The New York 1d6 applies only in cases in which the die notation is used as a stand-in for the value rolled; in the case of multiple dice, they are added together. When a longsword deals 1d6 damage, it means the longsword deals 1–6 damage; when fireball deals 6d6 damage, it means the fireball deals 6–36 damage.

In the case of multiple die rolls not added together but kept as separate results, such as on a mutator table, write roll 1d20 thrice” or roll 2d6 four times.” (Compare vs roll 3d20” or roll 8d6,” which suggest adding the values together.)

When referring to the physical polyhedrons, such as a die-drop table, write drop a six-sided die” or roll three four-sided dice.” While perhaps laborious, this once again ensures clarity, in that it is the objects that matter, not their mathematical values.

It is never correct to pluralize 1d6. 3d6s” is just as bad as a fistful of d6s.”

The d” in 1d6 is always lowercase. Compare 1d6” (correct) to 1D6 (incorrect). This applies to smallcaps text as well.

The 1 (or other quantifier) in 1d6 functions as the indefinite article: it is not roll a 1d6” or roll those 2d6,” but simply roll 3d6.” In the cases of specific dice requiring the definite article, define the die size early, then simply refer to the dice without the full 1d6 notation, e.g. “Roll 2d6 as the Escalation Dice. Roll the Escalation Dice each subsequent hour. Each time a ghost wakes up, roll the Escalation Dice.”

The New York 1d6 applies to table headers. Compare 1d6 | Encounters” (correct) to d6 | Encounters” (incorrect).

In the case of dice notation outside the standard, such as d66,” the New York 1d6 generally does not apply. For example, d66” refers not to one sixty-six-sided die, but rather to 1d6 rolled twice and read as digits; accordingly, the New York 1d6 does not apply.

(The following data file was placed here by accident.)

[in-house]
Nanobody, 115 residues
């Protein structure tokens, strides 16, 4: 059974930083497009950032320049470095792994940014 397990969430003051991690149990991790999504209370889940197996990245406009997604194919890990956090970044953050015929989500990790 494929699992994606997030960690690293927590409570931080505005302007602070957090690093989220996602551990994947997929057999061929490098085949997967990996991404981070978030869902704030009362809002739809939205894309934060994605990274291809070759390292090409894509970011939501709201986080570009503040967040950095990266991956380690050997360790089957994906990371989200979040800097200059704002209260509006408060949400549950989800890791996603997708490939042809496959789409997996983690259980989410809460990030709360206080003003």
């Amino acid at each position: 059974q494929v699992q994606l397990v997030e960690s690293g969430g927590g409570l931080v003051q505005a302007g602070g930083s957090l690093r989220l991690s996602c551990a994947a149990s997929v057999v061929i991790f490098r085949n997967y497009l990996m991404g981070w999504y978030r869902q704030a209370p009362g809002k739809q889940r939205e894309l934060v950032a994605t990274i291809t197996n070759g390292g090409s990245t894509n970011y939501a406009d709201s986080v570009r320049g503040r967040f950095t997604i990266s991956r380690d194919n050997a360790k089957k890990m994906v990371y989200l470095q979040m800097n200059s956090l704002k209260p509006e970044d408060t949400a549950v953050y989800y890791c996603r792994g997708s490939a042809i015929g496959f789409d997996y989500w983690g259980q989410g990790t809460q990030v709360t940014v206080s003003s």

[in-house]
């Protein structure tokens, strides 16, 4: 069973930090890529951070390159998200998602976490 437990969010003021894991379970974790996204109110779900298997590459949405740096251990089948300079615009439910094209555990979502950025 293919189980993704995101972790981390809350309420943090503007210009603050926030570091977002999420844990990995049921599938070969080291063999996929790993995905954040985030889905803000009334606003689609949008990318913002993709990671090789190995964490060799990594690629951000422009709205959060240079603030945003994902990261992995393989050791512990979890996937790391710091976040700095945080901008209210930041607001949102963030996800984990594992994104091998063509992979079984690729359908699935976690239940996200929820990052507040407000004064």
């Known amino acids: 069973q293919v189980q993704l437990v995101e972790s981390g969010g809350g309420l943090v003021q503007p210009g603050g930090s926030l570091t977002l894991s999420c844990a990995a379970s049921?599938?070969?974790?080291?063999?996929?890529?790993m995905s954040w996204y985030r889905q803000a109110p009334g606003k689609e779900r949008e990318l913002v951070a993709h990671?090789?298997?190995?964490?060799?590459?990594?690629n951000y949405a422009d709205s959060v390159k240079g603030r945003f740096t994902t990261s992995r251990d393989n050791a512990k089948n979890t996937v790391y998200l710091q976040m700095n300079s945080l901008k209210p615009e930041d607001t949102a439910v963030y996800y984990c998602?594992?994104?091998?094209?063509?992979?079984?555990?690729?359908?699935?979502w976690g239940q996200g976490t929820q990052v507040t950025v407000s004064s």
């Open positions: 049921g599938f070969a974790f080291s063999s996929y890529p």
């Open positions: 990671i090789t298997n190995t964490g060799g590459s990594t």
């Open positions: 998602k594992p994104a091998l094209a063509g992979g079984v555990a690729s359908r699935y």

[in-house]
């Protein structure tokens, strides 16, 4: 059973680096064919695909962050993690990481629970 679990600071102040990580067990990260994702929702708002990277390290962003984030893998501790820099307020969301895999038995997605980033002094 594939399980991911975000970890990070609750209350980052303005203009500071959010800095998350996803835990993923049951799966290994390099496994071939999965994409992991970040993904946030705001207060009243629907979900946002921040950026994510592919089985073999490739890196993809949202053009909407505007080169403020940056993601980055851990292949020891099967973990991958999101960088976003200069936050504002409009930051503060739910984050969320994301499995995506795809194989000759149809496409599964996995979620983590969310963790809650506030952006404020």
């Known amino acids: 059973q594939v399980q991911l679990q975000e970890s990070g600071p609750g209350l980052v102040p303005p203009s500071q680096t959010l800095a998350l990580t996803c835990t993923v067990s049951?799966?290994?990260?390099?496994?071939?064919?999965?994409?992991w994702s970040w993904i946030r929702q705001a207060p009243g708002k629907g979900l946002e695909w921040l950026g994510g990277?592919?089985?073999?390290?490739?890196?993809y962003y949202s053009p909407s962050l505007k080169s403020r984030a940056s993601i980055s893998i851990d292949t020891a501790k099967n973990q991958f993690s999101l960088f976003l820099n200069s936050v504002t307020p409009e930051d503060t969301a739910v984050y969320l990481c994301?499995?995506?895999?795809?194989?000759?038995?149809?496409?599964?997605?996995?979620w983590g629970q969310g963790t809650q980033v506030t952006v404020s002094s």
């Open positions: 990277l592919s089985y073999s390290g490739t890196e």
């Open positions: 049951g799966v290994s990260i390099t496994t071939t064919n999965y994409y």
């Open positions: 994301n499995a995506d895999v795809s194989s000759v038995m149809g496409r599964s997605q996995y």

This article may be updated in the future to answer additional questions and edge cases.

March 8, 2024 design writing

Pandemonium Megadungeon Session Report #4

It’s been a minute! Read reports #1, #2, and #3 of my ongoing open-table megadungeon campaign project, working-titled Pandemonium.”

13th Day of the Month of Grief

Our party consists of:
Sōt III, Butcher of Bugs, Roller of Rugs, Fighter 3; a haggard knight missing his left ear, clad in bone mail-and-plate, wielding Righty, his unmagical but very notched longsword.
Old Iron Grip, Magic-User 2; a recently-recovered illusionist, his medical bills and carousing cash paid for by a comrade, now sporting an iron left hand, a wooden peg left leg, and missing his left ear.
The Eldest Orphan of Forsaken, Fighter 2; a shockingly clean and well-dressed sporting a mohawk and very fancy boots.
Caspar, Magic-User 1; a gloomy, morose, but oddly friendly necromancer clad in a white sheet.

The party descended into the depths, straight to the second level. They messed about with the golden skull, woke it up, and it set itself on fire before flying away cackling; Caspar attempted to ghostwalk and accidentally died for a short while instead; found a hidden trapdoor falling onto spikes; ran into a cautious-if-polite dwarf (Sōt III speaks Dwarvish); and lowered Old Iron Grip down to the spikes to recover some treasure and a mysterious reddish bone key.

Given that Caspar still laid dead, they decided to drag him back to the surface and wait. He recovered some hours later.

14th Day of the Month of Grief

Going below once again, the party: recovered some lost gear; ran into some yellow ooze; heard mention of an elemental from some skeletons; Caspar lied to the skeletons, claiming he was a leader; and ran afoul of some orcs. The orcs seemed quite durable, even immortal: many bore hideous wounds yet seemed quite calm, and one was just a head, but still talked.